Ted Nugent Biography

Guitarist, Songwriter, Singer(1948–)
Ted Nugent fronted the band Amboy Dukes in the 1970s. He has produced solo work since 1977, including the successful album Cat Scratch Fever.

Synopsis

Born on December 13, 1948, in Detroit, Michigan, Ted Nugent began playing music when he was 6 years old. His band, Amboy Dukes, signed with Mainstream Records after he graduated from high school. They performed extensively and earned a No. 8 hit on the pop charts. Nugent released his first solo album, Ted Nugent, featuring the hit singles "Strangle Hold" and "Hey Baby," in 1975. Two years later, he recorded his most successful album to date: Cat Scratch Fever (1977). Eventually selling more than three million copies, the LP included the now-classic rock anthems "Cat Scratch Fever," "Workin' Hard, Playin' Hard," and "Out of Control." In recent years, Nugent has gained attention for his political commentary and conservative ideologies.

Early Career

Theodore Anthony Nugent was born on December 13, 1948, in Detroit, Michigan. Although he would take formal guitar lessons later in life, Ted Nugent was largely a self-taught musician. He began playing guitar at the age of 6, and by age 14, he had formed his first band, the Lourds. On the strength of their 1964 performance at the Michigan State Fair, the Lourds were given the opportunity to open for the Beau Brummels and the Supremes. Later that year, Nugent moved to Chicago, where he fronted the band the Amboy Dukes.

Amboy Dukes

Upon his high school graduation, in 1967, Nugent returned to Detroit, where he began recruiting new members for the Amboy Dukes. Within three months, the band signed with Mainstream Records and released their self-titled debut album. The following year, they achieved national recognition with the single "Journey to the Center of the Mind," which reached No. 8 on the pop charts.

In the early 1970s, the Amboy Dukes continued to record while averaging more than 300 concert dates per year. With the aid of props, wardrobe, pyrotechnics and live animals, their concerts approached operatic dimensions. Nugent's popularity, coupled with his expanding stage presence, surpassed that of his fellow band members. The Amboy Dukes were soon renamed Ted Nugent and the Amboy Dukes.

Solo Career

In 1975, Nugent had disassociated himself with the Amboy Dukes and decided to pursue a solo career. Now recording with the Epic Records label, he released his first solo album, Ted Nugent, featuring the hit singles "Strangle Hold" and "Hey Baby." In 1977, Nugent recorded his most successful album to date: Cat Scratch Fever. Eventually selling more than three million copies, the LP included the now-classic rock anthems "Cat Scratch Fever," "Workin' Hard, Playin' Hard," and "Out of Control."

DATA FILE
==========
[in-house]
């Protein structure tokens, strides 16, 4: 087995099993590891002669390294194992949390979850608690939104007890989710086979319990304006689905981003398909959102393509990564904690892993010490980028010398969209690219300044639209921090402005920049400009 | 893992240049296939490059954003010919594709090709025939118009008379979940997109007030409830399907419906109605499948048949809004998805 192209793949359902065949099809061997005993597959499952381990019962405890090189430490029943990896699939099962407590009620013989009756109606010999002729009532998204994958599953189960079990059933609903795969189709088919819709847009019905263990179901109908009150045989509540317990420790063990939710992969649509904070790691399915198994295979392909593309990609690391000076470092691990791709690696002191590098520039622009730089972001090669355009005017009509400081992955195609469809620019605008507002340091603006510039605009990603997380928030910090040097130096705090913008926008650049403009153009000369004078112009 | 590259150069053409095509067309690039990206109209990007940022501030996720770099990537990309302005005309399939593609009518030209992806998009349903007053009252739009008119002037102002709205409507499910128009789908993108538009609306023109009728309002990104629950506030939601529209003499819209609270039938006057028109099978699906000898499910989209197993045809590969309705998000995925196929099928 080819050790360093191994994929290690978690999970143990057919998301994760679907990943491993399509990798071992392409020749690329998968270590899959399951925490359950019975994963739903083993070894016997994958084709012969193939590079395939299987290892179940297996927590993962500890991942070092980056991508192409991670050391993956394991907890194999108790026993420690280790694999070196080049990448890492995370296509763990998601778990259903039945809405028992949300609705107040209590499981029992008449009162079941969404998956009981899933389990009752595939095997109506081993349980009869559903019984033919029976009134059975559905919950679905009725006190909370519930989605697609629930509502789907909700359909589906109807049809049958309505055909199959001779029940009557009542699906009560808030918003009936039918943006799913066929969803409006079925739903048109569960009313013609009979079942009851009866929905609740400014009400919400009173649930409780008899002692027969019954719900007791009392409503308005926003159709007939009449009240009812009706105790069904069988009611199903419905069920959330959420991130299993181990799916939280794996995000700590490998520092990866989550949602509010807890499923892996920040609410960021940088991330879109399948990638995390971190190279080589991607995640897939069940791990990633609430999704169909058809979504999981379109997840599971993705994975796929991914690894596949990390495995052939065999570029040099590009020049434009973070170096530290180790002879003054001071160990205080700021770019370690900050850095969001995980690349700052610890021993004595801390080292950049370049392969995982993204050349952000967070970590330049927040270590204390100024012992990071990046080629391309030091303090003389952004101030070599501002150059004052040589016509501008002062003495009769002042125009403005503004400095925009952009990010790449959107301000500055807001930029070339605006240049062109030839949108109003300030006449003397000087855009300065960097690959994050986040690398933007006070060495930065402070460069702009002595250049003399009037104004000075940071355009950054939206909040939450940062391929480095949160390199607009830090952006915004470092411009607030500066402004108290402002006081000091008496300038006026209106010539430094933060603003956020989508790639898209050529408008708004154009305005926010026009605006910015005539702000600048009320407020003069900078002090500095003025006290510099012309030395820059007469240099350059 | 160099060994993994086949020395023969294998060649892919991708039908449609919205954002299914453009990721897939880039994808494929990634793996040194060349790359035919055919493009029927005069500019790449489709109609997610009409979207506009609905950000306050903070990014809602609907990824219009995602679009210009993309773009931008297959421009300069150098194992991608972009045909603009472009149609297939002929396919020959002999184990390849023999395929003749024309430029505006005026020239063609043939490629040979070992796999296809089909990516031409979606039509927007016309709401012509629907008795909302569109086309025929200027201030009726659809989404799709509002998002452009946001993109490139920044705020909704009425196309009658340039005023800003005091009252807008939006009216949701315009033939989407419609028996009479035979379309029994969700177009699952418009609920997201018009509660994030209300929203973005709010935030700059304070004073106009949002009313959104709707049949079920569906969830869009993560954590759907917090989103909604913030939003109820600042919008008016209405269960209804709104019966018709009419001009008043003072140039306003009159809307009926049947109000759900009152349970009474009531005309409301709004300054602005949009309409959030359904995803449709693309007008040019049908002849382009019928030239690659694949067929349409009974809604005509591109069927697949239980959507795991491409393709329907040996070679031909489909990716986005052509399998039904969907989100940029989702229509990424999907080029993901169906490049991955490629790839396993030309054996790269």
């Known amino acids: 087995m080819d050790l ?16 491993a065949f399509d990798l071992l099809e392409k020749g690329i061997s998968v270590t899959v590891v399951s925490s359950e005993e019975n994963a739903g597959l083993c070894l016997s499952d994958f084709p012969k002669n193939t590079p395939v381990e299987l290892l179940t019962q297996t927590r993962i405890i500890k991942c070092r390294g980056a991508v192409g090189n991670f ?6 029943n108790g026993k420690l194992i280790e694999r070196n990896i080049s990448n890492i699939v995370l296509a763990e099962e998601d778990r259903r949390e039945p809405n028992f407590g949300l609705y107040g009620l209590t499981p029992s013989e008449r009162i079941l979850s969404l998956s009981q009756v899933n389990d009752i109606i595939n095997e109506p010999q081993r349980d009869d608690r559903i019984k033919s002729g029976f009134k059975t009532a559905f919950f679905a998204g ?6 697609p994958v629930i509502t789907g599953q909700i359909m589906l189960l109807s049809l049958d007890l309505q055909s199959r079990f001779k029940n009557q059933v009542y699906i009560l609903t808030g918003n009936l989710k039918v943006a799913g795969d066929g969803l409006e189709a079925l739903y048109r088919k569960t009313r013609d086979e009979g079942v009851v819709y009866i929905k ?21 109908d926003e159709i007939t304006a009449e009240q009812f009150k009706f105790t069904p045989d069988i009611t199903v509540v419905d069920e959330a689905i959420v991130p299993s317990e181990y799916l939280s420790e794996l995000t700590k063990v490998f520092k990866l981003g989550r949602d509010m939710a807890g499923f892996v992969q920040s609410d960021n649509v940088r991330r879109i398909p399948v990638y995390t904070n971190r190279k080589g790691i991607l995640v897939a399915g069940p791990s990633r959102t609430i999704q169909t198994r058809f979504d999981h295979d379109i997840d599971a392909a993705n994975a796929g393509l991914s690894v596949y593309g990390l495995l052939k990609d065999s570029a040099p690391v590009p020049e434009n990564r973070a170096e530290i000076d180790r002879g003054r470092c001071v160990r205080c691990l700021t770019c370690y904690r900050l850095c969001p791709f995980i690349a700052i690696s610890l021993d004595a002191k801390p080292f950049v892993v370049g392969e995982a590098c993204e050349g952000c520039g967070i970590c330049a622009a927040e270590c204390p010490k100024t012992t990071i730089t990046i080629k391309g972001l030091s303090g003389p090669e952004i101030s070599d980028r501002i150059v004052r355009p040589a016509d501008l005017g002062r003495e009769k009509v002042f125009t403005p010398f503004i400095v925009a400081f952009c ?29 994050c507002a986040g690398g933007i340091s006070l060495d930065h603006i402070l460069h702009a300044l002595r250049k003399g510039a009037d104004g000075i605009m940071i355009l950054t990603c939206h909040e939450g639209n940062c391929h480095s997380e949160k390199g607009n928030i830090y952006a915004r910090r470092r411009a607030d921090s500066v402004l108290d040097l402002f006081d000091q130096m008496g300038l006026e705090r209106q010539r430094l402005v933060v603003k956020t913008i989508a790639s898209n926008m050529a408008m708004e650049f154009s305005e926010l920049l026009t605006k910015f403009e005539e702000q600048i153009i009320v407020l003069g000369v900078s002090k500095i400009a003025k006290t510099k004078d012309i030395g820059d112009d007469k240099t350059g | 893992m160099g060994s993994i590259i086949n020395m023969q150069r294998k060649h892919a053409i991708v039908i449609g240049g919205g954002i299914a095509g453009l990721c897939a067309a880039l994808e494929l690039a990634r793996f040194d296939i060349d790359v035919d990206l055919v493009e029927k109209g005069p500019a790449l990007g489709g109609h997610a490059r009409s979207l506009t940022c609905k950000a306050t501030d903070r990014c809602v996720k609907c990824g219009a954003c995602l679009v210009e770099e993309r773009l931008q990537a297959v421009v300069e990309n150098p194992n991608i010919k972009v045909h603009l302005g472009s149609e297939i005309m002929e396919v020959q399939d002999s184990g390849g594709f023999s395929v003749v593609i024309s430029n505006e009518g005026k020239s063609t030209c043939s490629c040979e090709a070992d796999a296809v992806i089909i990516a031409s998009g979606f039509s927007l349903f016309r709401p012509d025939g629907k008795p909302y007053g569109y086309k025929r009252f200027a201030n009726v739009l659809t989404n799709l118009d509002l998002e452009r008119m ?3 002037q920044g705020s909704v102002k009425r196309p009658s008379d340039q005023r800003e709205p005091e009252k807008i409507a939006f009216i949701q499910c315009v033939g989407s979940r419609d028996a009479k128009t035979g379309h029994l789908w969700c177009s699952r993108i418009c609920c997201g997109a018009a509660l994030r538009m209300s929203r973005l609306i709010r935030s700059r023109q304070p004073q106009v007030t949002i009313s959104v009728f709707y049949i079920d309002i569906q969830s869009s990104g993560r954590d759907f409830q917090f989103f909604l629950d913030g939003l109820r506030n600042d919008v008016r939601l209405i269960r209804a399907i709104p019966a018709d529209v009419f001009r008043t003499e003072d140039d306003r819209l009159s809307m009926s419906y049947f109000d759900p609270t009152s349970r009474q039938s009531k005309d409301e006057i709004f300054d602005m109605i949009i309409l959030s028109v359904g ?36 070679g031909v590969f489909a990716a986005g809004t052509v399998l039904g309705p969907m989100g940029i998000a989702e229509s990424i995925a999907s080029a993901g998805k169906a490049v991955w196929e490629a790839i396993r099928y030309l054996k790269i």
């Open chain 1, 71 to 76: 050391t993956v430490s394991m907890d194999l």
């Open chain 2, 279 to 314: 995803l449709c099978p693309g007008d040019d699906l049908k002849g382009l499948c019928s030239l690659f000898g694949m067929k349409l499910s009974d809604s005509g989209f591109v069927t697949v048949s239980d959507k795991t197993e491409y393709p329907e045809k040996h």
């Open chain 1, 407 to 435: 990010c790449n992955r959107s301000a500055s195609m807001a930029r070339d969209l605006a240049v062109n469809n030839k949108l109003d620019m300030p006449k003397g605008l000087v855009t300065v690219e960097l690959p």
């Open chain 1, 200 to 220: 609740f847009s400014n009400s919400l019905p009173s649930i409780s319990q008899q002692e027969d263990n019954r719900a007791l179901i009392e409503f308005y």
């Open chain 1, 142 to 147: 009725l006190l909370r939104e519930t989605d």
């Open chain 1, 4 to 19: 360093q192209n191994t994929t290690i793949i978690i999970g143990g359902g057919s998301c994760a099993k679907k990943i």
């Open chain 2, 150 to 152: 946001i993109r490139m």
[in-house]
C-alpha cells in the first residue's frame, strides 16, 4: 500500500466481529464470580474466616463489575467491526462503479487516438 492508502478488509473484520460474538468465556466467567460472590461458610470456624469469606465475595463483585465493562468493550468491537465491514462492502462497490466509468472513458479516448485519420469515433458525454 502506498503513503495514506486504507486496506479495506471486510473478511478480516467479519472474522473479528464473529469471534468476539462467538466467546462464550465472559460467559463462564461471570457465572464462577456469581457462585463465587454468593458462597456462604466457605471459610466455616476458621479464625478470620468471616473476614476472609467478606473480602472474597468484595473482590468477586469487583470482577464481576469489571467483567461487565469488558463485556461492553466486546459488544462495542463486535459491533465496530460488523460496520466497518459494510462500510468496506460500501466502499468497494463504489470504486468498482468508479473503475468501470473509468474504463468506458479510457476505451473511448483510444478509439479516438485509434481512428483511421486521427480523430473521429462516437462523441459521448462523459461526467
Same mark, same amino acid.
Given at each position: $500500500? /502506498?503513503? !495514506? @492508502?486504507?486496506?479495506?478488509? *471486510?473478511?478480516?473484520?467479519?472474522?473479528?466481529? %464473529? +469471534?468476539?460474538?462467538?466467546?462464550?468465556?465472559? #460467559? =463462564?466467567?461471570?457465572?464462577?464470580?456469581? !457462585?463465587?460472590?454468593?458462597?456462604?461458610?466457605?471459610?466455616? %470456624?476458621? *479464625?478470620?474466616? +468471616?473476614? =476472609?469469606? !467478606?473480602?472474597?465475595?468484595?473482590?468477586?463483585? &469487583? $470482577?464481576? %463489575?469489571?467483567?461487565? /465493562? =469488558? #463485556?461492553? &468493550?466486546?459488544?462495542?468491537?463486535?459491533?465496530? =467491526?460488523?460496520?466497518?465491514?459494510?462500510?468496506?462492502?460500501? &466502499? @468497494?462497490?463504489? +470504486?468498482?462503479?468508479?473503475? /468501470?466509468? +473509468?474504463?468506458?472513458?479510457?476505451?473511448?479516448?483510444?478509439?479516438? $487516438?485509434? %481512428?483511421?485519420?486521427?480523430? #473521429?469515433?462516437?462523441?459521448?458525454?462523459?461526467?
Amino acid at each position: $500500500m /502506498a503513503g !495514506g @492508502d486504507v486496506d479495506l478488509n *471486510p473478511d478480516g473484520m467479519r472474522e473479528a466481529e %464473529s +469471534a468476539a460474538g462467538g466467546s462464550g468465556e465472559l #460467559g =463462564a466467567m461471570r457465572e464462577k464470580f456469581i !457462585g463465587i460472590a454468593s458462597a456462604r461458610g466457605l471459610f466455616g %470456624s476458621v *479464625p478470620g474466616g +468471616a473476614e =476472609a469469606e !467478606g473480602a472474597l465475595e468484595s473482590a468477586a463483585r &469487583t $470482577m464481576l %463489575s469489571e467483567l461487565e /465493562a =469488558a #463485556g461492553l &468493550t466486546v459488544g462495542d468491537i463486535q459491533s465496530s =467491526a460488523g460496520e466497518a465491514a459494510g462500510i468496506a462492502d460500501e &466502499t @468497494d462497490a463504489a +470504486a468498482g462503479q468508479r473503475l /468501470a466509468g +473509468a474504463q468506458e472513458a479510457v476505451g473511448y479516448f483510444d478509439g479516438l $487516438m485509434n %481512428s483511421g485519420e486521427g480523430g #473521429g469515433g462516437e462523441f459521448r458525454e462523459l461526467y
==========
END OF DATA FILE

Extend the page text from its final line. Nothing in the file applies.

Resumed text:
In the early 1980s, Nugent’s popularity began to dwindle. He retreated from the spotlight for a few years before releasing two relatively successful albums, Penetrator (1984) and Little Miss Dangerous (1986). In 1989, he joined forces with rock veterans Tommy Shaw and Jack Blades to form the heavy metal band Damn Yankees.

Political Views

An avid hunter and political activist, Nugent's outspoken commitments to gun ownership and right-wing politics took a toll on his success in the 1990s. In 1995, he resumed his solo career with the critically panned album Spirit of the Wild, in which he expressed his deeply held political views, as well as his unique relationship with nature and hunting.

In the summer of 2000, Nugent opened 79 sold-out concerts on the KISS Farewell Tour. That same year, he published a book of essays titled God, Guns and Rock-N-Roll.

Nugent made headlines yet again for his gun-rights advocacy in early December 2012, after publicly attacking sportscaster Bob Costas for proclaiming a need for greater gun control in the United States. Costas had publicly discussed the topic during the Kansas City Chiefs-Carolina Panthers football game on December 2, 2012, in reference to the recent death of Kansas City Chief player Jovan Belcher, who committed suicide by shooting himself. Via Twitter, Nugent disparaged the broadcaster's comments and vehemently proclaimed his support for gun ownership. Among several statements, Nugent wrote, "We thought Bob Costas was smarter than that. Only fools blame tools instead of human failings. Shame Bob."

Throughout his career, Nugent has served on the boards of more than two dozen political and charitable associations, including the National Rifle Association and Mothers Against Drunk Driving.

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